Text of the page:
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This unrelenting winter has been rough on the District’s salt supply. At the onset of today’s snowstorm, the District had only 25 percent of this season’s salt reservoir left, though officials said today they are confident they have enough to make it through this storm. (The city started this snow season with 35,000 tons of salt, according to a recent WAMU report.)
At a press conference this morning, Mayor Vince Gray and other city officials talked snow, salt, and emergency advisories. He was unsure when the city would lift the snow emergency, but, rest assured, the mayor said, it will be lifted as soon as it “seems prudent.”
Some other fun and/or practical facts about this most recent snowfall:
- Department of Public Works Director Bill Howland says trash collectors will be working overtime, but warns that trash pickup will be very difficult this week. If the last snowstorm is any indication, it could be a few weeks before some residents get their trash cleared.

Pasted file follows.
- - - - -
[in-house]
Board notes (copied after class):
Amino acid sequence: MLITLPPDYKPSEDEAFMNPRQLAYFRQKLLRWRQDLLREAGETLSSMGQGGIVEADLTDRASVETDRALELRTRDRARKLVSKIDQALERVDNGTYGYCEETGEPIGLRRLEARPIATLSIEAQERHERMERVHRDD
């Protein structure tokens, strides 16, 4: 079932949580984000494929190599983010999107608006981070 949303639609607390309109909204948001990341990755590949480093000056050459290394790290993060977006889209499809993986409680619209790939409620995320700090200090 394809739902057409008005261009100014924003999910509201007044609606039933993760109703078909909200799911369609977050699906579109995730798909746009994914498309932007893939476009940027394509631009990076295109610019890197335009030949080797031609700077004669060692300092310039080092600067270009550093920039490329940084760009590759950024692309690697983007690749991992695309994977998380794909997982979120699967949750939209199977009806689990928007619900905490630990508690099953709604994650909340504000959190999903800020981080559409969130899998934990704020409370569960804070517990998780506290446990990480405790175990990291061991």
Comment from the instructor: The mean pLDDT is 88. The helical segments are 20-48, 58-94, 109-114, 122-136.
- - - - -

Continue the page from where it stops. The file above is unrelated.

- Pepco reports that only six people have lost their power today, as of around 2 p.m.
- There have been 25 “snow events” since Nov. 1.
- Before this snowstorm, the city was already $2.5 million over budget for snow removal. Gray said the city would not be cheap this storm, and will move around funds to cover the shortfall, rather than just letting snow pile up. Last season, the city was $1.7 million under its $6.2 million budget.
- The city won’t be using much beet juice on the roads and sidewalks this storm. According to Howland, because the storm started as rain, they didn’t pour the brine solution because it just would have been washed away. The city started this snow season with $18,000 worth of beet juice on hand.
- The West End Library will be open today for homeless people who need shelter.
- Once buses can drive on the streets, D.C. will deploy bus warming stations for homeless people who don’t want to check into shelters. These stations will have food and portable bathrooms.
- During the Feb. 13 snowstorm, the city towed more than 200 cars parked on snow emergency routes. Howland was unsure how many the city towed today, but said when he was driving around at 4 a.m., he saw fewer cars parked illegally than he did last month.
Photo by Darrow Montgomery.